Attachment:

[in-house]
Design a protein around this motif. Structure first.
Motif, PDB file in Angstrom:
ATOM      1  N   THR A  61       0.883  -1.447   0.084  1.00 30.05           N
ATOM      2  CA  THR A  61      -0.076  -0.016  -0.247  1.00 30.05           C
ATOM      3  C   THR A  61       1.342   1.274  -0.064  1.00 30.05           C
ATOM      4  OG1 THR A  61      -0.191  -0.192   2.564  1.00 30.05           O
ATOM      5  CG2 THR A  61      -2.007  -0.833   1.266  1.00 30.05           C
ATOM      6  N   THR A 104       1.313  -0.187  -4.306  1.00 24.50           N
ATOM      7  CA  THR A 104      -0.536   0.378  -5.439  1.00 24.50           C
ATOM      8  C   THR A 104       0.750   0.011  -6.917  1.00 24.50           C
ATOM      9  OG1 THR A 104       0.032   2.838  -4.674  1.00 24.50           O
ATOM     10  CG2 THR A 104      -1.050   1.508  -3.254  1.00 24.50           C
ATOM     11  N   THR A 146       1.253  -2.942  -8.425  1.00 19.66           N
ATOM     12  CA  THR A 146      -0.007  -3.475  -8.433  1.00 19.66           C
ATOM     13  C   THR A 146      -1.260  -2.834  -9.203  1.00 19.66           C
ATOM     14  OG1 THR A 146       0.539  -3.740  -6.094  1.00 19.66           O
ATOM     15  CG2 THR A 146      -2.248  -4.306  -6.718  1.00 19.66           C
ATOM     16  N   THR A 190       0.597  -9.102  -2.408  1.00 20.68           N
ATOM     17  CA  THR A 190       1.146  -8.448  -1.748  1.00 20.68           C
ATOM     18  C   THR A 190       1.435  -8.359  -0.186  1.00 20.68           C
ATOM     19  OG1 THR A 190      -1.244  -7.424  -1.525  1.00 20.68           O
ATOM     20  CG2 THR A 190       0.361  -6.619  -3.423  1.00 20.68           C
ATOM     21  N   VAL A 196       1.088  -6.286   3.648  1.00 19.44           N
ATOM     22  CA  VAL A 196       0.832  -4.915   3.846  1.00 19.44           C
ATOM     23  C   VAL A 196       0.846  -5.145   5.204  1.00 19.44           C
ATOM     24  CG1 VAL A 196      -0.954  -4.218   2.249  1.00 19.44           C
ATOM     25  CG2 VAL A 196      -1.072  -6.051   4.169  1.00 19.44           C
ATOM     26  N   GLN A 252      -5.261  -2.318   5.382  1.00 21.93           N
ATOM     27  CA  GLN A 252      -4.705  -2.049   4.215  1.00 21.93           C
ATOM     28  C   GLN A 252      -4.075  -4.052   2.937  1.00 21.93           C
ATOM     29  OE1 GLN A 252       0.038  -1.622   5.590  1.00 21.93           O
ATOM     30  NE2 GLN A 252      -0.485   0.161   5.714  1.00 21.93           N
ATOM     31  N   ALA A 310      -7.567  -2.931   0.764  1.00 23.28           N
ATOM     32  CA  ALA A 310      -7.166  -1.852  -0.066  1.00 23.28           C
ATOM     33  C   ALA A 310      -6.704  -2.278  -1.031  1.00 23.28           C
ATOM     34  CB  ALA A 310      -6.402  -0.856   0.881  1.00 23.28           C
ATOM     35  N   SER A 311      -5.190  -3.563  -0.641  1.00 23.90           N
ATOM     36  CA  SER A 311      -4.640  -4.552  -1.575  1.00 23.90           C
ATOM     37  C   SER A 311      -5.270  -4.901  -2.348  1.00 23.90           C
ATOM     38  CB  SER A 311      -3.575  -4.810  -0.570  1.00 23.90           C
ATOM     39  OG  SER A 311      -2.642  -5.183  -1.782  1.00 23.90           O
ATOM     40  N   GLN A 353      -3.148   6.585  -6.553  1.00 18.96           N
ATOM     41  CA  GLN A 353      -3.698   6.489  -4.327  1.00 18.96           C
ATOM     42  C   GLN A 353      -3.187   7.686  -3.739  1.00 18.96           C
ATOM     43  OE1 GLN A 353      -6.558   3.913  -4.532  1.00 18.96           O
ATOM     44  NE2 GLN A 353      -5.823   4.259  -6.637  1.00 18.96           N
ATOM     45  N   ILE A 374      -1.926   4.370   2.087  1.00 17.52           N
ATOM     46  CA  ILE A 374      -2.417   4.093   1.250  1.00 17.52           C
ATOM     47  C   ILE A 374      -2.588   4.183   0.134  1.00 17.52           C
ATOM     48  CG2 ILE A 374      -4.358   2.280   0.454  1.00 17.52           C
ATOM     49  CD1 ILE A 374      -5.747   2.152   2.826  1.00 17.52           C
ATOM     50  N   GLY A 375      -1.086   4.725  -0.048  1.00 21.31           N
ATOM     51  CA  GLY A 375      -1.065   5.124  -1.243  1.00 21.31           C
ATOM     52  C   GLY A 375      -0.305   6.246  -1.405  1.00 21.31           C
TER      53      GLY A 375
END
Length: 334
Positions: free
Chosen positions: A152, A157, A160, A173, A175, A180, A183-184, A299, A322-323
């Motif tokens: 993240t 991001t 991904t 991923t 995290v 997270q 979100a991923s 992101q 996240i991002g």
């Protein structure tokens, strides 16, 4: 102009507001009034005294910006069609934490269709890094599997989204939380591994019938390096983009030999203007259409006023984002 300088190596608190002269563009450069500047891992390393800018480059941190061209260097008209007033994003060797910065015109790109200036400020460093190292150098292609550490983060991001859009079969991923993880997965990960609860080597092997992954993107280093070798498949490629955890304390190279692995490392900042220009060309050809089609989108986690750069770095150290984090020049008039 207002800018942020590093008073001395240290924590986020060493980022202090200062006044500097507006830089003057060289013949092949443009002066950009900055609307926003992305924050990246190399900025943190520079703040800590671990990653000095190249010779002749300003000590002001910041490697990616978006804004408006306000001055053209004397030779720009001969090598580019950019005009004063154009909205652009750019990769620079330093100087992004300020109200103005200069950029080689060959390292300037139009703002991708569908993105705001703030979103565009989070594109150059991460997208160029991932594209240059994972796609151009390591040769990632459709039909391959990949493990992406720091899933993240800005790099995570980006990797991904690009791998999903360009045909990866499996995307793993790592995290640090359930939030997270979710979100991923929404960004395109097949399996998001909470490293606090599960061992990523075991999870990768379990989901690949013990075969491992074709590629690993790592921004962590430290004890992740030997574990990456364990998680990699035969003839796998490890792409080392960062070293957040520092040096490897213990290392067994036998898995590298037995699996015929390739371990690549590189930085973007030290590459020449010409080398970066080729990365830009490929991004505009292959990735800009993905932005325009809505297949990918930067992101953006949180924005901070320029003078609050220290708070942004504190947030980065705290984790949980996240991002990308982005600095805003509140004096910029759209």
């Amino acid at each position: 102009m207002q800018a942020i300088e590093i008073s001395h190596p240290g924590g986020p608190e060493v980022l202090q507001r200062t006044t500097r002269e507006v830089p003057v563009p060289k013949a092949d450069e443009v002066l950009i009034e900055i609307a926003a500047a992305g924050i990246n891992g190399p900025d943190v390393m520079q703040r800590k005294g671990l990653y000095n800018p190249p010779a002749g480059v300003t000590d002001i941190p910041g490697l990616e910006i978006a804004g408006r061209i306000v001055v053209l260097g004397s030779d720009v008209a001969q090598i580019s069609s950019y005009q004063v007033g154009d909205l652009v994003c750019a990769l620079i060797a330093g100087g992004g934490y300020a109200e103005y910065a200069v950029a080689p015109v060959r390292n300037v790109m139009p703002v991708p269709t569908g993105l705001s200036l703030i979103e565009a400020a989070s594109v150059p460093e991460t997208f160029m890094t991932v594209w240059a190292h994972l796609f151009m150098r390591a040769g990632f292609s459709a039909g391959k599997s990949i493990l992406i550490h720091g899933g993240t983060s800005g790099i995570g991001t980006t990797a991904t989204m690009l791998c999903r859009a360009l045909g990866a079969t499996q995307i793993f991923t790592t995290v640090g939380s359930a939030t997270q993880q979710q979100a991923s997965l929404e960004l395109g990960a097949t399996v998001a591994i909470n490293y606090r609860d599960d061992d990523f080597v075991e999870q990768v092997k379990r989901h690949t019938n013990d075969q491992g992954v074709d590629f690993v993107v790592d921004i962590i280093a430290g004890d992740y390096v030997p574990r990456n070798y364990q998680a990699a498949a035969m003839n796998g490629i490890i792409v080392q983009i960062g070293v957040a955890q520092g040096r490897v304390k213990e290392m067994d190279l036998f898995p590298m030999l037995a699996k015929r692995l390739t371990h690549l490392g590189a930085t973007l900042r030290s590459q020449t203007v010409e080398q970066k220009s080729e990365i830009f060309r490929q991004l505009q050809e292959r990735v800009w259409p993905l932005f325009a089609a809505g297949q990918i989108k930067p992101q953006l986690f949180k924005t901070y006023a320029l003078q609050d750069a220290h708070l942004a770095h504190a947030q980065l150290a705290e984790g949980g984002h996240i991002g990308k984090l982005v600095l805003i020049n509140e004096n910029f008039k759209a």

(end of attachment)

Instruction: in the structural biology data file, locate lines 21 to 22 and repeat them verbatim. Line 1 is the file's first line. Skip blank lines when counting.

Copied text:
ATOM     18  C   THR A 190       1.435  -8.359  -0.186  1.00 20.68           C
ATOM     19  OG1 THR A 190      -1.244  -7.424  -1.525  1.00 20.68           O